For its time the book was "advanced" even shockingly open about sexual desire. Lawrence's turf is the inner self, the turmoil of emotions, instincts, and impulses that appear to govern much of human behavior. It is only with great effort and thought that a person can break even partially free of being entirely subject to those aspects of the self, free to make his or her own choices about how to live and who to be. With the two women Paul struggles to disentangle his sexual desires from whether he likes and respects them. With his mother he has a different struggle--to be loyal and loving to her without being dominated by her. Clara, his second lover, has herself struggled to define herself through the women's movement and this attracts and repels Paul. His ambivalence toward her, his need to conquer, but his honesty with her that his ideas of what men assume and women endure interested me more than anything else.

The writing--Lawrence's simplified and strange lush rushing repetitive sentences studded with obscure local words is as original as ever and perfectly suits what he is trying to do, pull back the curtain to reveal an underlayer of the human condition , new then with the emerging study of psychology and to announce the start of a titanic shift in the social fabric. ****

I read this in great haste for a book group at a nearby library. Didn't quite finish in time, but it was a good discussion.

Mar 9, 10:05am Top

>238 sibyx: That looks just like the copy of Sons and Lovers we read in college, Lucy. I think it's still here, somewhere.

Mar 9, 11:13am Top

Yep. That's the one!

Edited: Mar 25, 9:28pm Top

33. contemp fic ****1/2
Barren Island Carol Zoref

Set on a tiny (fictitious) island, Barren Shoal, near New York City, the story focuses around Marta Eisenstein's growing up time in the 20's and '30's. For decades the remains of dead animals (mostly horses) from the city have been sent to be stripped and rendered and burned here. The Eisensteins are one of a group of families living in 'company' houses. The men work at the plant and the women do everything else. Many never leave the island, most leave only rarely. While the island is fictional nothing else, including the presence of factories like this one, is. Zoref researched the period exhaustively enough to enter fully into the lives of her characters. This is a rare story, full of meticulous detail (from Greek cuisine to shoe-making) but combined with a large cast of characters, all distinct, all people to care about, all entirely believable. The book is told in the first person, which often grates me, but did not at all in this case. Marta narrates the story from the vantage point of old age, she's in her eighties, and that too, works brilliantly. Zoref fully deserves this year's AWP award for the novel. ****1/2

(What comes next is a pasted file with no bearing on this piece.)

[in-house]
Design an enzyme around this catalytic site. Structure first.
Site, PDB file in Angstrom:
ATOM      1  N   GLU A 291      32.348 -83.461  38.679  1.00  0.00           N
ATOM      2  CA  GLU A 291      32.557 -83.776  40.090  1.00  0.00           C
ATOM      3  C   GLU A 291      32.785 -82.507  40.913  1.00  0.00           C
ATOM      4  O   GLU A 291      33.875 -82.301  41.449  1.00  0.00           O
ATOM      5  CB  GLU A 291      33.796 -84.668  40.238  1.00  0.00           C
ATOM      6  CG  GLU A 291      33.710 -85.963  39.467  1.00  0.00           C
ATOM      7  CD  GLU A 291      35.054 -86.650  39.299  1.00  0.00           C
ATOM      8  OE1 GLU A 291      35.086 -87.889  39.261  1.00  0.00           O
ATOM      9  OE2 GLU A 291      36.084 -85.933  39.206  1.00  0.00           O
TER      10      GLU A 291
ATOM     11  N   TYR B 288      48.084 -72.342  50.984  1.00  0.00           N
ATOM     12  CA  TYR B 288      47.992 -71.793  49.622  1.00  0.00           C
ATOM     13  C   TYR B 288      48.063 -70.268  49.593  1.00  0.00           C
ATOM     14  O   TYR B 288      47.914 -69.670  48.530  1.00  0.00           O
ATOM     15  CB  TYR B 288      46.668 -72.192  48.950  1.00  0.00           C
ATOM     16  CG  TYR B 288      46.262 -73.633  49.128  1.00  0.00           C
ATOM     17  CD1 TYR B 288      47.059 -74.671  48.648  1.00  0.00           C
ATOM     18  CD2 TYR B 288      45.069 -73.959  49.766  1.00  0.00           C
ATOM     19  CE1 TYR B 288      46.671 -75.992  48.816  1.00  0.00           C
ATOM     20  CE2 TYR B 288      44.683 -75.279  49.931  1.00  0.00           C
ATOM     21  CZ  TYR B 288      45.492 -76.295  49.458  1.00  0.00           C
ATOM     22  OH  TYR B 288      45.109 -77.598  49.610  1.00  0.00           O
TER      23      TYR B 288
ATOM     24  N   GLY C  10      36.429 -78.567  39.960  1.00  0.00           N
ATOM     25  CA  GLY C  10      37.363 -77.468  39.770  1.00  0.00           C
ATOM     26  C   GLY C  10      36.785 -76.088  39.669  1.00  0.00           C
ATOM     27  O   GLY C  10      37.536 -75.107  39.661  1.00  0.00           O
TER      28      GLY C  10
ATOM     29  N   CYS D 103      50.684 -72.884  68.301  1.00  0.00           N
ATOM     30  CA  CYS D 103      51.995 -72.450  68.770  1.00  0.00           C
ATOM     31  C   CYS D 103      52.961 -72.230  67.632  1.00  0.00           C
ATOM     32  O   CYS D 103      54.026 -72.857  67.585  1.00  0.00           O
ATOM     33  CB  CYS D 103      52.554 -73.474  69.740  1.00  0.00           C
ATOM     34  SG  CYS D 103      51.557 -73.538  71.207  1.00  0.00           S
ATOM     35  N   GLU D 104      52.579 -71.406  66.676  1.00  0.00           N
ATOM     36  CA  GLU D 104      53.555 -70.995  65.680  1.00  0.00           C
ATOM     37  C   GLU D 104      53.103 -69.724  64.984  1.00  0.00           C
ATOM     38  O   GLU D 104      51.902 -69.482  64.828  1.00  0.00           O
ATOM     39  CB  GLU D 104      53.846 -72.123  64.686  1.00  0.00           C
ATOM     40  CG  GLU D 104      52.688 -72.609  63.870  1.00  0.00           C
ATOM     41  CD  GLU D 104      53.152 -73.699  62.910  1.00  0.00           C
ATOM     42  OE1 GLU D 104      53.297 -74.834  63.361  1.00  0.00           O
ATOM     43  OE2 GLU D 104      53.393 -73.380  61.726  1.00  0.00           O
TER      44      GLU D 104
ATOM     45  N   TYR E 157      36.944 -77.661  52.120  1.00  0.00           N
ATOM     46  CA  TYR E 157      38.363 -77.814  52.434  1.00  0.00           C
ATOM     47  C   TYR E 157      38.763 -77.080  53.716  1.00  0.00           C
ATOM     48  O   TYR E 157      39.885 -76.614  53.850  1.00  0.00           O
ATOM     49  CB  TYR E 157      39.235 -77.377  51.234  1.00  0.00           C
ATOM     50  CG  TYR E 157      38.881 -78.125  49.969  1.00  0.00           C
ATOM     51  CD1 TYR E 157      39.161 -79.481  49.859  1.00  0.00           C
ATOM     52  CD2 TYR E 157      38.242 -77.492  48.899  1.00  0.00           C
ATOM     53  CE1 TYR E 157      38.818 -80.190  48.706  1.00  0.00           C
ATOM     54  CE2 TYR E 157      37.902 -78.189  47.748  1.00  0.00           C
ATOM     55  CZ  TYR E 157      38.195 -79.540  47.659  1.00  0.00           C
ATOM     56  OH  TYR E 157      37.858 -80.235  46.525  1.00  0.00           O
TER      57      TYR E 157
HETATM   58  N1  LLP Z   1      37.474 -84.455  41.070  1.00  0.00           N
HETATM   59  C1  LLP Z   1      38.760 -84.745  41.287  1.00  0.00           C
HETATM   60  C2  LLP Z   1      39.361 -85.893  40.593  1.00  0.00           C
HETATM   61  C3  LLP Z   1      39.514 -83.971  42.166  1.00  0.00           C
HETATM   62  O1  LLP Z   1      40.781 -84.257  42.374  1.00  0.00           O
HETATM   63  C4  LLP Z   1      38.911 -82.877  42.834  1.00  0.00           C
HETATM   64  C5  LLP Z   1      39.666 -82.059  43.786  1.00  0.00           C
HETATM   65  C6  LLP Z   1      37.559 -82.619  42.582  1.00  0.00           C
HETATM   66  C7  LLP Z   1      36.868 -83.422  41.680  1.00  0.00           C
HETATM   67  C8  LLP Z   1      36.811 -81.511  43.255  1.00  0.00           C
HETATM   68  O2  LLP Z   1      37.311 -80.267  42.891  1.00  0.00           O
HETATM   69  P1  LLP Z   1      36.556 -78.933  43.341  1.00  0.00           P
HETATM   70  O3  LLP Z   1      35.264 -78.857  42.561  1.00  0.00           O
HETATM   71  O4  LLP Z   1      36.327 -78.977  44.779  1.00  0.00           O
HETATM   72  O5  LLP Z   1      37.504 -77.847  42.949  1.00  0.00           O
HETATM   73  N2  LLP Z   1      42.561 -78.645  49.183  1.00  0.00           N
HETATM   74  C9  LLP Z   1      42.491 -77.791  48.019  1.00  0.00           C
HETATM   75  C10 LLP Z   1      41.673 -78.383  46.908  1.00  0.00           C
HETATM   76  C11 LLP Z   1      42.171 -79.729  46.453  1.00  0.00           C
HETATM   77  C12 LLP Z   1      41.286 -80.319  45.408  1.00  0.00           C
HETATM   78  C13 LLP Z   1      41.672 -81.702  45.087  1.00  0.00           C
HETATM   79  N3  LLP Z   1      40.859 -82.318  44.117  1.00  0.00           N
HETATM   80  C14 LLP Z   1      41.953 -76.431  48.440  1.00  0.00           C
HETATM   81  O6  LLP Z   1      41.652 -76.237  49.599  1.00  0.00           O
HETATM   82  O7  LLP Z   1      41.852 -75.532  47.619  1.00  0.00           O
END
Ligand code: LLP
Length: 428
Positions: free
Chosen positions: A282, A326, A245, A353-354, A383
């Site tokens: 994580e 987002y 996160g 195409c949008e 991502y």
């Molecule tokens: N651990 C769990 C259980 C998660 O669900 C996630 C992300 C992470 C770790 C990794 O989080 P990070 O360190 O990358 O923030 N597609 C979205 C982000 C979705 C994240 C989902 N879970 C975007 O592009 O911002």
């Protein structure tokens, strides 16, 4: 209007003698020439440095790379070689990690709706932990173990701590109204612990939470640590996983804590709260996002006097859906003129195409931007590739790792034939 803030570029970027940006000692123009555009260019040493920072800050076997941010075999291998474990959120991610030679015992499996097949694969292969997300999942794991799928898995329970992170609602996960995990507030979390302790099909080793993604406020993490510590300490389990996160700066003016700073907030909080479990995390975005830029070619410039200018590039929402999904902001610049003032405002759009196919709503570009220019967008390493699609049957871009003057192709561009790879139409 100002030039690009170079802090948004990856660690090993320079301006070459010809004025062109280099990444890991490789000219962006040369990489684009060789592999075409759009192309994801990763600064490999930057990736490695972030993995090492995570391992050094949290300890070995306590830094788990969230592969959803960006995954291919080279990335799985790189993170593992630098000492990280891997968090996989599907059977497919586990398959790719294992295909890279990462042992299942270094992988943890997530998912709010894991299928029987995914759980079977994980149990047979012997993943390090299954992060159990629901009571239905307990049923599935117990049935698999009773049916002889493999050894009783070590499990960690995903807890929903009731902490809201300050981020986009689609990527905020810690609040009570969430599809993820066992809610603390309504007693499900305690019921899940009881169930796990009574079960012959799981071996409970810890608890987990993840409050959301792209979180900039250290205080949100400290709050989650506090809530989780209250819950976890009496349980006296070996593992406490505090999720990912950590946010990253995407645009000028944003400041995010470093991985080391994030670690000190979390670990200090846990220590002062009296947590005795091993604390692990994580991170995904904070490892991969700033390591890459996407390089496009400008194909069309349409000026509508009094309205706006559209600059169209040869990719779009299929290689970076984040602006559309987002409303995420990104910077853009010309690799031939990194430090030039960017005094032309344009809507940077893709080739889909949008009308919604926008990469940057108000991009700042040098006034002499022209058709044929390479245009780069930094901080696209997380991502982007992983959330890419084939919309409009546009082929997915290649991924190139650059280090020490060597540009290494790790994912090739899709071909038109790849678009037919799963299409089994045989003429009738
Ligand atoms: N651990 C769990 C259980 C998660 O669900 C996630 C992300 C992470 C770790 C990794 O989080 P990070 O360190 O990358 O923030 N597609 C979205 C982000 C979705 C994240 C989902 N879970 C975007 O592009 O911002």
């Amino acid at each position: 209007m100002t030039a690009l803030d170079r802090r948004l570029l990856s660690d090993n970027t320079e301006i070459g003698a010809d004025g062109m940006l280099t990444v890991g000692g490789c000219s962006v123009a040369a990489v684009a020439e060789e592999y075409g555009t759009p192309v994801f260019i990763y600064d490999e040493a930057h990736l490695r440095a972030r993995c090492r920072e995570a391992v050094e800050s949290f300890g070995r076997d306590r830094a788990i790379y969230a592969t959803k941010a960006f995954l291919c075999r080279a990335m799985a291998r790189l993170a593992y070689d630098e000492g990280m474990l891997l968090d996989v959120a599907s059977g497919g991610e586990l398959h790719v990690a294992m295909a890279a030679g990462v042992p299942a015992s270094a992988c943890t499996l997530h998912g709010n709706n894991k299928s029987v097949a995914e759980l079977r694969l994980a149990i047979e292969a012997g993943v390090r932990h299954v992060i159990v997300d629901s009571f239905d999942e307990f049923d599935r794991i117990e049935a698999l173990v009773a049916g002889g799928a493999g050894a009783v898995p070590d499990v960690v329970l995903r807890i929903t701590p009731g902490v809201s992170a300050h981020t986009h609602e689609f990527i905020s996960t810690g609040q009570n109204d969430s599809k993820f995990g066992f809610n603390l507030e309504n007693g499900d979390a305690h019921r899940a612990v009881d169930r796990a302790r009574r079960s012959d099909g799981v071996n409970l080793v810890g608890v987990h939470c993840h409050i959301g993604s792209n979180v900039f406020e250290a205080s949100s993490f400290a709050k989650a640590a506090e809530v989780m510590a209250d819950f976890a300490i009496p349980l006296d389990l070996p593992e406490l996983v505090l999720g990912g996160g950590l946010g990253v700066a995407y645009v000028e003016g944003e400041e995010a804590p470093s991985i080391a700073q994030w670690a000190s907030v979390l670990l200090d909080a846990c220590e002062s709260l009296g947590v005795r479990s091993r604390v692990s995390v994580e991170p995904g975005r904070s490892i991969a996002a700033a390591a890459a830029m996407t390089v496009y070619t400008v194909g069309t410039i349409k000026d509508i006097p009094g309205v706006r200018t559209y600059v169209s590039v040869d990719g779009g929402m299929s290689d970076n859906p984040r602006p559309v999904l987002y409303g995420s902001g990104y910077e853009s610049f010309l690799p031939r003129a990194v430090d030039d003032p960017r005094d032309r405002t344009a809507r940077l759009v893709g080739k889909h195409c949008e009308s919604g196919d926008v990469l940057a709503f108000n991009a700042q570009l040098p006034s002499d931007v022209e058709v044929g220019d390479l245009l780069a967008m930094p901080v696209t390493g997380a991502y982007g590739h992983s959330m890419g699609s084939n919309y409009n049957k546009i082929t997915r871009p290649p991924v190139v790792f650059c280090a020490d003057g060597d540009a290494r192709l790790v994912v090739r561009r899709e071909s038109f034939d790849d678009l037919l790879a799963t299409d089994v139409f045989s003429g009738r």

Mar 10, 9:18am Top

Hi Lucy!

The puppies are adorable, thanks for the pics.

I mostly agree about bringing in puppies or kittens. We have had exceptional luck with Kitty William (found us in an ice storm in 2002 when he was 3-ish), and Inara Starbuck, 15 months when we got her from the shelter. There were the usual power struggles and battles, but everybody eventually settled into the hierarchy. Other attempts to bring in older cats have not been success. Our next felines, after 18-year old KW goes to kitty heaven, will most likely be two kittens to keep each other company and balance Inara as she assumes senior cat position.

>238 sibyx: On my shelves, now I want to read it.....

Mar 14, 7:45am Top

I was here - just so you'll know. Won't read that tome. Likely won't retry Pratchett any time soon, but you are my true book sister.

Mar 14, 7:02pm Top

>243 LizzieD: Thanks for stopping by, not much going on here.

This is just to say quietly that 'the book' is at the printer, they send out on the 20th, to Amazon, me and the publisher, so all of you who have pre-ordered might get your copies fairly soon!

Mar 14, 8:11pm Top

Woo hoo!!

Mar 14, 9:34pm Top

>244 sibyx: Exciting!!

Mar 14, 9:36pm Top

*happy dance* Lucy, I am so excited for you!

Mar 15, 1:27pm Top

Perfect -- it can be the first new book in my new bookshelves :)

Mar 15, 2:09pm Top

Mar 17, 7:26am Top

Hi Lucy!

I'm looking forward to getting my copy.....

Edited: Mar 17, 9:52am Top

34. ****1/2
The Genius of Birds Jennifer Ackerman

As is happening often these days long held ideas are being reevaluated and more often than not demolished by new observation and study. In this case, that birds are stupid. Bird-brained as the saying went. Well, yeah, but turns out bird's brains are quite special. Birds, while vertebrate, parted ways with the mammal long long ago and yet, of all other animals they have on their own track evolved parallel skills: of cognition, communication and as builders with an aesthetic sense. Not all birds, of course, but some. And many have skills -- navigation, say, that surpass our own innate abilities by miles. The continuing arrogance of the human about their own uniqueness and superiority, is eroding one experiment at a time. Ackerman's book is a delight to any bird-lover and anyone else interested at all in the natural sciences.
I also want to add that I was mesmerized by the beauty of the cover and the liveliness of the sketches.

Mar 17, 10:08am Top

>251 sibyx: The Genius of Birds
Do I have this? Or has it just caught my eye several times? If I caught up with cataloging on LT, I'd know...

Mar 19, 9:38am Top

>244 sibyx: How exciting, I'm so happy for you!! :D
I can see it on amazon UK (not on IT or DE), but can't order it yet from there. I will, as soon as it's available somewhere in Europe.

Group: 75 Books Challenge for 2018